So we conclude that there is indeed a pronounced “before/after” effect experienced by many customers. Unfortunately, the trouble is that before air duct cleaning takes place, most people do not realize that the air flow in their building has dropped off. This is because the process of debris build-up happens so slowly that it’s difficult to notice the overall effect over long periods of time. If you were to time the cycles on comparative days as far as temperature, you would notice that the unit is running longer to satisfy the temperature demand in the home. Not very often do we see a homeowner with the kind of time or know-how it takes to become aware of this, as most do not remember how efficiently their HVAC system ran when it was brand new. Many homeowners might notice that their utility bills are increasing, but they’ll chalk it up to extreme temperatures, price increases, or someone leaving a window cracked or door open in the home. Many people install energy-efficient light bulbs, re-seal their doors or windows, and change their filters – but they never realize the true energy savings they could achieve if they’d opt for a professional duct cleaning service.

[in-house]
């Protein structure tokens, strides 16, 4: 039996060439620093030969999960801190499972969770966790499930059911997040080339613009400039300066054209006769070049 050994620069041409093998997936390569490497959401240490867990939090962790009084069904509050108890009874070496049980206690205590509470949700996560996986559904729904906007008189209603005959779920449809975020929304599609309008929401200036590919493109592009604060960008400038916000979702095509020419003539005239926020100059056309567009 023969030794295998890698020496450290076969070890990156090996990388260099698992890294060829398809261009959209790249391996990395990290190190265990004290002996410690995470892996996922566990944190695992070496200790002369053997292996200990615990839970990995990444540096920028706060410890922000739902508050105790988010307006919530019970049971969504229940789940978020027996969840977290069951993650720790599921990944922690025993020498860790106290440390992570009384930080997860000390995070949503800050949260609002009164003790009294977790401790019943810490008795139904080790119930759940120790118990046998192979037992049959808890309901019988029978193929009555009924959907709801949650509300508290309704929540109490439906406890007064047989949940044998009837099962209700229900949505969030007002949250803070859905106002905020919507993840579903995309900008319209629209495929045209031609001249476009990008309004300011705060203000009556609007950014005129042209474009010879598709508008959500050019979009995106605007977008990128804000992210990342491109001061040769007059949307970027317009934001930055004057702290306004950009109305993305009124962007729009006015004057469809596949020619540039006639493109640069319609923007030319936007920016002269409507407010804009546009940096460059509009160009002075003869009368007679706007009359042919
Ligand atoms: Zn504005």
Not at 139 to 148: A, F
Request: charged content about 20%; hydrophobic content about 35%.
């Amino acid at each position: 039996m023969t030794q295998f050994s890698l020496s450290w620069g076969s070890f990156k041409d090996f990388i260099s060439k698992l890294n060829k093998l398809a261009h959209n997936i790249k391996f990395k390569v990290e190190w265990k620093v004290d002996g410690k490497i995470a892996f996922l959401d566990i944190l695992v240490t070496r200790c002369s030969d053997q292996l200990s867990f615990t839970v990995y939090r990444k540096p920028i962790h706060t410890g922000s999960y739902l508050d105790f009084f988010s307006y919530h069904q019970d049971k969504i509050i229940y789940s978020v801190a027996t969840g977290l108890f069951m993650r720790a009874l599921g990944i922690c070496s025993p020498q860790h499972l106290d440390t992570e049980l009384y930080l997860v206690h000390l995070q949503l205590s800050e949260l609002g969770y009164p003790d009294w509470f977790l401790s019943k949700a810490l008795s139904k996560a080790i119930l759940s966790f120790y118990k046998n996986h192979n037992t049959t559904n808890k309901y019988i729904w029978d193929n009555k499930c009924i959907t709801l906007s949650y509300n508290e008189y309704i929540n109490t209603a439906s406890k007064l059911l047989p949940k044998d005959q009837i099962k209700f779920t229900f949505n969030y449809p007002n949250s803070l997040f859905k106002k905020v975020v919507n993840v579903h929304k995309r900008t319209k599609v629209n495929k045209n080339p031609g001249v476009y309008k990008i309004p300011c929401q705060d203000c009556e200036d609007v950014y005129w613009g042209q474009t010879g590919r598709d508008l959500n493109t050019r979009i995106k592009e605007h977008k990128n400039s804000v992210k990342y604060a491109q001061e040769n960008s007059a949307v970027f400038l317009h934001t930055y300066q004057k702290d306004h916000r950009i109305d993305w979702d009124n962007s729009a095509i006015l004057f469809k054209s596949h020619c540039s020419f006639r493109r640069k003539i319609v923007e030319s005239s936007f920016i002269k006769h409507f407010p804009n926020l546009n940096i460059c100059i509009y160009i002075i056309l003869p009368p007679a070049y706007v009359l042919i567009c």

Given all this discussion, we think you’ll agree that, in most cases, duct cleaning is indeed worth the money. Now that we’ve established this, you’re probably wondering how often your ductwork needs to be cleaned? Every six months – or every ten years? We can assure you that it’s probably somewhere in between! If you’d like to read more about recommended duct cleaning frequency, check out the article about it on our blog.

The Bottom Line

Duct cleaning should be part of your home or office’s regular maintenance routine. While it’s generally not required as frequently as a regular HVAC preventive maintenance service visit, it’s a service to consider on a regular basis. We’d be happy to review and evaluate your system to help you figure out whether duct cleaning is needed at your home or office!

For professional assistance with this and other HVAC or restoration work, the Tuckey is the local expert to call. Keep our number handy – you never know when you might need us! Call (717) 524-1198 or visit for more information.

DISCLAIMER: This article is provided as a reference guide only. A qualified, professional contractor like the Tuckey Companies should handle all interior design, mechanical, electrical, plumbing, remodeling, metal fabrication, and restoration projects. Information presented here is of a general nature that may not be applicable in all situations. Tips, articles, and accompanying information do not represent an official recommendation of the Tuckey Companies.